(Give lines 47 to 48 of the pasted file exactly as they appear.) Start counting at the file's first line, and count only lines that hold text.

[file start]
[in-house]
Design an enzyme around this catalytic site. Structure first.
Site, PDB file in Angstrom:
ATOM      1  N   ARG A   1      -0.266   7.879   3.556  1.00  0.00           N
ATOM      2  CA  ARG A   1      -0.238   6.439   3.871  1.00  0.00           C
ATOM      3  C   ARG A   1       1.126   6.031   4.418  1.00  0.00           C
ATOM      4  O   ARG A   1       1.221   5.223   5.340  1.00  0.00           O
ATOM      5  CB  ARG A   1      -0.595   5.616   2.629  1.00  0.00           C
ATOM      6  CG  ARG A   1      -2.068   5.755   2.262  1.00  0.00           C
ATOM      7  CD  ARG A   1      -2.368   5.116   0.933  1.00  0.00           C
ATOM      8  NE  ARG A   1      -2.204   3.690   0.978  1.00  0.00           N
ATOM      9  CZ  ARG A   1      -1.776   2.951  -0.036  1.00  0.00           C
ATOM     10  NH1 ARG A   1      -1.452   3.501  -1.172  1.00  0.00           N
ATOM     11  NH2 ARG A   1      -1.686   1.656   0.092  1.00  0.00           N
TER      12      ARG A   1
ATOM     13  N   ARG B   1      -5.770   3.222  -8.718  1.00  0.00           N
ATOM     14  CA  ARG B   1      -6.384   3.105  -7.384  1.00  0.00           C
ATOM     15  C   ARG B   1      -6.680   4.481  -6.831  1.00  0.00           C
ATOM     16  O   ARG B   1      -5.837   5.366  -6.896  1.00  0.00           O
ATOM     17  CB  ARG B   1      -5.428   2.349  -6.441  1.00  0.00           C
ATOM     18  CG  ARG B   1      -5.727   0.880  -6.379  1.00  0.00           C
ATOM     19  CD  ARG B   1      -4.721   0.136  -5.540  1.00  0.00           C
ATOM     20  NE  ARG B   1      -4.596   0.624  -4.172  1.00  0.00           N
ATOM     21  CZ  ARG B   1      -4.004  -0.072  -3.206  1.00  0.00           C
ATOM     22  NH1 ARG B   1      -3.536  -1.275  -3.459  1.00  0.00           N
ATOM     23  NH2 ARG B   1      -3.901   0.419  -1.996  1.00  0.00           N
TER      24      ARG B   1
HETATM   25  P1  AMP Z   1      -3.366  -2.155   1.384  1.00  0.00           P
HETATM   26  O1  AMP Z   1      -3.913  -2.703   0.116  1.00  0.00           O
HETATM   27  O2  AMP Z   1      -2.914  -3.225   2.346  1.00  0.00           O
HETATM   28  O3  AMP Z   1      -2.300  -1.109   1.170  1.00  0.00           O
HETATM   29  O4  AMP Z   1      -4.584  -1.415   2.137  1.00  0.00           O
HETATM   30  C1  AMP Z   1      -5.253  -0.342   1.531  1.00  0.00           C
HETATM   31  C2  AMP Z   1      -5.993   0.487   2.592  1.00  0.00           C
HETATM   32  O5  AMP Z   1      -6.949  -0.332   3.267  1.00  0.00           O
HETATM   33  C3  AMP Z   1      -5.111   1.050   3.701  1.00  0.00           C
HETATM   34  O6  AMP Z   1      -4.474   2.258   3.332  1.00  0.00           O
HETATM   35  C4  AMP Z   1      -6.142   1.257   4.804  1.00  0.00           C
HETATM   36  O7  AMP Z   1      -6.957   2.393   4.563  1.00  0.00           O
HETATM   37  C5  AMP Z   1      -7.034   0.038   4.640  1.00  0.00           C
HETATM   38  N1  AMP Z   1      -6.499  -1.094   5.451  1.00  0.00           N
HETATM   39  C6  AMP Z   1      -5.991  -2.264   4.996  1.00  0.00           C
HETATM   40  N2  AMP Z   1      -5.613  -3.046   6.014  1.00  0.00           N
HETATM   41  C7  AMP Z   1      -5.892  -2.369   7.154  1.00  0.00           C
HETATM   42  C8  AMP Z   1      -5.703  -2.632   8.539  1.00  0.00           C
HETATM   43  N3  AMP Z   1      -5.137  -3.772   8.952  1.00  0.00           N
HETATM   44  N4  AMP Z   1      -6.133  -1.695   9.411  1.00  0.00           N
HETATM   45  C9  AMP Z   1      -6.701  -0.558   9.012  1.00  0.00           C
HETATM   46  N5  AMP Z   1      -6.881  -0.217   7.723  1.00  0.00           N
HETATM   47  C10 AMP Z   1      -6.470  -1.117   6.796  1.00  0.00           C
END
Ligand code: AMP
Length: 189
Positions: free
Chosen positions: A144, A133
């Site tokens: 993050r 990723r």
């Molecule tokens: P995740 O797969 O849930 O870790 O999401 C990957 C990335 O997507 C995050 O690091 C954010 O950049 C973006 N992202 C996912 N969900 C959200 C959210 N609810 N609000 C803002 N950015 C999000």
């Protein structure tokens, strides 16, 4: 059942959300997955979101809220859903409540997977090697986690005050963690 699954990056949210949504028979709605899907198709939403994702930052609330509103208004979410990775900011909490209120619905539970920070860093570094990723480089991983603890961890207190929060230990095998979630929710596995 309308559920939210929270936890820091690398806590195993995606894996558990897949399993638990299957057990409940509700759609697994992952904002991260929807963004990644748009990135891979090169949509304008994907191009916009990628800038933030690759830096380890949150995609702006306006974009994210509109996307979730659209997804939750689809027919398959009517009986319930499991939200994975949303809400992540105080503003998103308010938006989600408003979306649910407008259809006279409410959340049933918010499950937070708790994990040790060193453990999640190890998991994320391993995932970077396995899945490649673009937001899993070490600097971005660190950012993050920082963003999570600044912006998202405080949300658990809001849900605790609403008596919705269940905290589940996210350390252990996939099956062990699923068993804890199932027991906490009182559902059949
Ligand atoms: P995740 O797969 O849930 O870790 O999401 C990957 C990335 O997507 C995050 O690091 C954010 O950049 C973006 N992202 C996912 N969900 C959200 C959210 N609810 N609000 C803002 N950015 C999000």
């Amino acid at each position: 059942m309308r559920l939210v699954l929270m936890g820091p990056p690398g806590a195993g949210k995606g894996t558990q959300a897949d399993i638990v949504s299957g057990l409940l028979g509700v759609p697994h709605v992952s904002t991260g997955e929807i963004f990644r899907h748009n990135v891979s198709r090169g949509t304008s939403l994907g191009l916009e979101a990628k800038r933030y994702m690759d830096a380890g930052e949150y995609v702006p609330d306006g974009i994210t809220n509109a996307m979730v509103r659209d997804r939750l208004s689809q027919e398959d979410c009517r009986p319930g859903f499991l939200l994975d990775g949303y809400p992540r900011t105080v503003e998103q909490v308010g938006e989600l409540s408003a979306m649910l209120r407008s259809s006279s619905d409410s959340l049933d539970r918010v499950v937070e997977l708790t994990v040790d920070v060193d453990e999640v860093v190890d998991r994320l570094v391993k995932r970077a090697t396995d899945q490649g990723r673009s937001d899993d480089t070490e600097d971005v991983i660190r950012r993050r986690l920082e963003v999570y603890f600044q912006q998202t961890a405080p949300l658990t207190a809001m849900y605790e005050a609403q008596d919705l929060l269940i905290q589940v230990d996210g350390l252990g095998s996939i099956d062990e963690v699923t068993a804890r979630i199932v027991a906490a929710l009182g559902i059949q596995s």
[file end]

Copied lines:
HETATM   44  N4  AMP Z   1      -6.133  -1.695   9.411  1.00  0.00           N
HETATM   45  C9  AMP Z   1      -6.701  -0.558   9.012  1.00  0.00           C